Lecture: On the Art of Getting Beyond Identity Politics
We were supposed to welcome Pascal Gielen, but due to the COVID-19 restrictions this event was cancelled. In the coming week we will interview him and share this on our socials and website.
Pascal is editor in chief of the international book series Antennae – Arts in Society a.o., you might know him from our Bookstore. We invited him among other artists to give us a lecture introducing the research present in his upcoming volume The Arts of Ambiguity: Addressing and Understanding Monoculture ((eds. Nav Naq and Pascal Gielen), Valiz, Amsterdam, 2020. Moving beyond identity politics, Pascal argues for a model that is based on so-called “commoning” politics and dissent.
Can we move beyond identity politics?
We’re commencing the March program by welcoming Pascal Gielen (editor in chief of the international book series Arts in Society a.o.) to give us a lecture introducing the research present in his upcoming volume The Arts of Ambiguity: Addressing and Understanding Monoculture (Valiz). Moving beyond identity politics, Pascal argues for a model that is based on so-called “commoning” politics. Joining Pascal will be several guests and performative contributions to be announced shortly.
Since the 1970’s art institutions and cultural infrastructures have been criticized by colonial and post-colonial criticism for their monoculture and uniform language. A solution was sought in a more multicultural approach in which multiple cultures were presented more equally. However, multiculturalism is based on an identity policy that takes harmony and consensus to easily for granted.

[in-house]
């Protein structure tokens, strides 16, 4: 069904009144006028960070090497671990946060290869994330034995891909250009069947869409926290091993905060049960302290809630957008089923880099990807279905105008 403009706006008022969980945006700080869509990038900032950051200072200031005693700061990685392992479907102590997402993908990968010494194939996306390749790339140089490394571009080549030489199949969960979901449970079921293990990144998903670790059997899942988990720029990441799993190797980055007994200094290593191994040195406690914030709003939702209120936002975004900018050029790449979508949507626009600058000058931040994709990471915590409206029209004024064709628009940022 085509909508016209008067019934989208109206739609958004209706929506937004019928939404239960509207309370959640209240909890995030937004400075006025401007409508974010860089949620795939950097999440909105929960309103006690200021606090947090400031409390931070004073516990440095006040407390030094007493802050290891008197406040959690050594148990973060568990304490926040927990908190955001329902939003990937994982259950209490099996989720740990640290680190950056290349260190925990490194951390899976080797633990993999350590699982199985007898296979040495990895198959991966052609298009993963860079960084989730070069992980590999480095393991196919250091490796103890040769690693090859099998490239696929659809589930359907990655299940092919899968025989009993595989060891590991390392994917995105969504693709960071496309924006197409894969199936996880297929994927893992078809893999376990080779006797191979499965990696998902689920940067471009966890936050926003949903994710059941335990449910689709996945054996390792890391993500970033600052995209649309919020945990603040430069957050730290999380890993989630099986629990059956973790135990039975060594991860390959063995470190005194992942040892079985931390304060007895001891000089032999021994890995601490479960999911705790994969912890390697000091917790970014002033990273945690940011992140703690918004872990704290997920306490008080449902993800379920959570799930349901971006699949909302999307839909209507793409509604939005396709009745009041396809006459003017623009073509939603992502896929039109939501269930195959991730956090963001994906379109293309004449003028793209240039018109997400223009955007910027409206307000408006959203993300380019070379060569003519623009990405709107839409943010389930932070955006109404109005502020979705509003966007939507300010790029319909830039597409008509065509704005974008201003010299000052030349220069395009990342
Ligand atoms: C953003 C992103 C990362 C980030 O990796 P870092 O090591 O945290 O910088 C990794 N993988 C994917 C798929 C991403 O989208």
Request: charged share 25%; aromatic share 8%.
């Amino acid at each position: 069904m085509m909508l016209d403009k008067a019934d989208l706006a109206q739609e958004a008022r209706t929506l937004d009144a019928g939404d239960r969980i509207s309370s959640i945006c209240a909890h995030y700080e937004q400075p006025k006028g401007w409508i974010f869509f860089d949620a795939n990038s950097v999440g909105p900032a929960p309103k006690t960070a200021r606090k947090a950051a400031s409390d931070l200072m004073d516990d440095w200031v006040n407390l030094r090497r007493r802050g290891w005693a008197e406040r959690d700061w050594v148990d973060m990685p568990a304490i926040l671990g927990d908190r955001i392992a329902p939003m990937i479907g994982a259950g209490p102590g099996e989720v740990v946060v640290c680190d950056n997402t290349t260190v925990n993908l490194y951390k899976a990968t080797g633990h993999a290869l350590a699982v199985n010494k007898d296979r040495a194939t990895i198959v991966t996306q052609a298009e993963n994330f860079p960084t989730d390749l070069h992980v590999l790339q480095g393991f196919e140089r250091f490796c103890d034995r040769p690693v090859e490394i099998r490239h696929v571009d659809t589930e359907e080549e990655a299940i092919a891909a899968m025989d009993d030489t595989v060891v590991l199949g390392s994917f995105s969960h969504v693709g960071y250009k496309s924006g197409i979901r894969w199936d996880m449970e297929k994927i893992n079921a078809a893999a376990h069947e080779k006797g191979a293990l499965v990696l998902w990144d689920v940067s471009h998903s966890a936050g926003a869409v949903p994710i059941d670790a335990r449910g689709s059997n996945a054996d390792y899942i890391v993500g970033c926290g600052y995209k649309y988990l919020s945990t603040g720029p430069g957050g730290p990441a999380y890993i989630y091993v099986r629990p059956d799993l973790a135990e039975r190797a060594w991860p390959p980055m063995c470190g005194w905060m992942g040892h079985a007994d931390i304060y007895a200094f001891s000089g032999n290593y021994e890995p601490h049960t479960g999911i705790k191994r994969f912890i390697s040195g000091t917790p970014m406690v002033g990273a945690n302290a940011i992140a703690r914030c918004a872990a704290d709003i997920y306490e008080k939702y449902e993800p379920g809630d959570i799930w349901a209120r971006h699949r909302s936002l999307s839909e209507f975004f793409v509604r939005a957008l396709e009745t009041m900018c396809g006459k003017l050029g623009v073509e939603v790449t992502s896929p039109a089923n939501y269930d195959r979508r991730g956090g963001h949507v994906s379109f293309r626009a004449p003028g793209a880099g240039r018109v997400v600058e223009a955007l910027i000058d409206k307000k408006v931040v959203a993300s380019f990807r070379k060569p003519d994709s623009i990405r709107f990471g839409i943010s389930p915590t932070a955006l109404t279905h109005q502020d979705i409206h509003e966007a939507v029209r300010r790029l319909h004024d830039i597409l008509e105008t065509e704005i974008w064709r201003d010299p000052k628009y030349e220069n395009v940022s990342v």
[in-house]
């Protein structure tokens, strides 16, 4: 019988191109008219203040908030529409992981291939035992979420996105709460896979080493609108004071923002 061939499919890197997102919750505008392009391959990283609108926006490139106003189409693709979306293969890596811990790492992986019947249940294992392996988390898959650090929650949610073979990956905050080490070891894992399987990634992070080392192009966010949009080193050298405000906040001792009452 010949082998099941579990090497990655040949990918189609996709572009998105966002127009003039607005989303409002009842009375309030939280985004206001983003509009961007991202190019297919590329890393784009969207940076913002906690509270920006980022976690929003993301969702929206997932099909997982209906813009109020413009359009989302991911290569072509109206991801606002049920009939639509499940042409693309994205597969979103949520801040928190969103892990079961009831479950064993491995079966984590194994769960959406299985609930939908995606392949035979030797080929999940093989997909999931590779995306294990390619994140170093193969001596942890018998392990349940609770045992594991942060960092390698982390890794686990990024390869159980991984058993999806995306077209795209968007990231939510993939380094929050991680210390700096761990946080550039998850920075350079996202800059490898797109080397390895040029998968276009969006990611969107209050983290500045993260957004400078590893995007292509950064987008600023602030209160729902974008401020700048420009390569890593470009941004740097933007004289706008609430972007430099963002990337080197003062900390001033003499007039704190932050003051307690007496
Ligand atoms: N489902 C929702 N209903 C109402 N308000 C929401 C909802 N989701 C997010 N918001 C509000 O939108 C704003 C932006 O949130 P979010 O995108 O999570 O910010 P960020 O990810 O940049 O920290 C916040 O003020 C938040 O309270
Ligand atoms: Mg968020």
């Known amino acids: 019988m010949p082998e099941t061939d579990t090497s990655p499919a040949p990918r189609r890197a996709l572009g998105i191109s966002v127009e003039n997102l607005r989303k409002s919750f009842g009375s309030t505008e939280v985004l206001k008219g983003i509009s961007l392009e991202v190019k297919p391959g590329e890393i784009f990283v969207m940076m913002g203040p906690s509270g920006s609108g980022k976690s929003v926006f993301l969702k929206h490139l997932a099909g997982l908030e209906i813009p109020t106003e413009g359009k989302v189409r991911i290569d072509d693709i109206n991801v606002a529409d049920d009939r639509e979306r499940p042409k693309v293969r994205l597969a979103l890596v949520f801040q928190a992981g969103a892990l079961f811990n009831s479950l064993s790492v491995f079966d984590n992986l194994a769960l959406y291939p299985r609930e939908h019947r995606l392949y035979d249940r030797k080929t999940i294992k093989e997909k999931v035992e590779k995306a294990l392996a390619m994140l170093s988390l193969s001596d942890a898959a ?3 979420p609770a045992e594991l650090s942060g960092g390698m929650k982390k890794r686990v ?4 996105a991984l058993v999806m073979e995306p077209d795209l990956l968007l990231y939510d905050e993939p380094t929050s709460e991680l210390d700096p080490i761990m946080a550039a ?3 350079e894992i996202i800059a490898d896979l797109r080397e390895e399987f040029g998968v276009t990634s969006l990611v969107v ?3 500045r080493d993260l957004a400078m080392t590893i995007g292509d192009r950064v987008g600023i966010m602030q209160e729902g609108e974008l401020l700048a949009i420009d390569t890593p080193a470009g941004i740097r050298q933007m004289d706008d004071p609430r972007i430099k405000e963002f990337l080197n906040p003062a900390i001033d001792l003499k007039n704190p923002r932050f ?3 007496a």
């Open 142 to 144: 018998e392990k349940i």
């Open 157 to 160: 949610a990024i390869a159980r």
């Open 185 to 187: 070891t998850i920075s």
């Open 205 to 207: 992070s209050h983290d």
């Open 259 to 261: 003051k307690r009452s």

In his lecture, Pascal Gielen argues for a model that is based on so-called ‘commoning’ politics and dissent. It does not matter to smooth out or suppress conflicts and tensions, but to make them visible and ‘liveable’. Such a ‘commonist’ policy does not focus on identities, but on the democratic free keeping and releasing of common necessary sources, such as education, language, culture, but also labor, health care and housing. Such resources are the subject of continuous struggle and discussion. Cultural institutions could be the ideal platforms for such a politics of dissensus.
19 March 2020
Pascal Gielen (1970) is professor of sociology of art and politics at the Antwerp Research Institute for the Arts (Antwerp University – Belgium) where he leads the Culture Commons Quest Office (CCQO). Gielen is editor of the international book series Antennae-Arts in Society. In 2016 he became laureate of the Odysseus grant for excellent international scientific research of the Fund for Scientific Research Flanders in Belgium. Gielen has published many books which are translated in Chinese, English, Polish, Portuguese, Russian, Spanish, Turkish and Ukrainian. His research focuses on creative labour, the common, urban and cultural politics. Gielen works and lives in Antwerp, Belgium.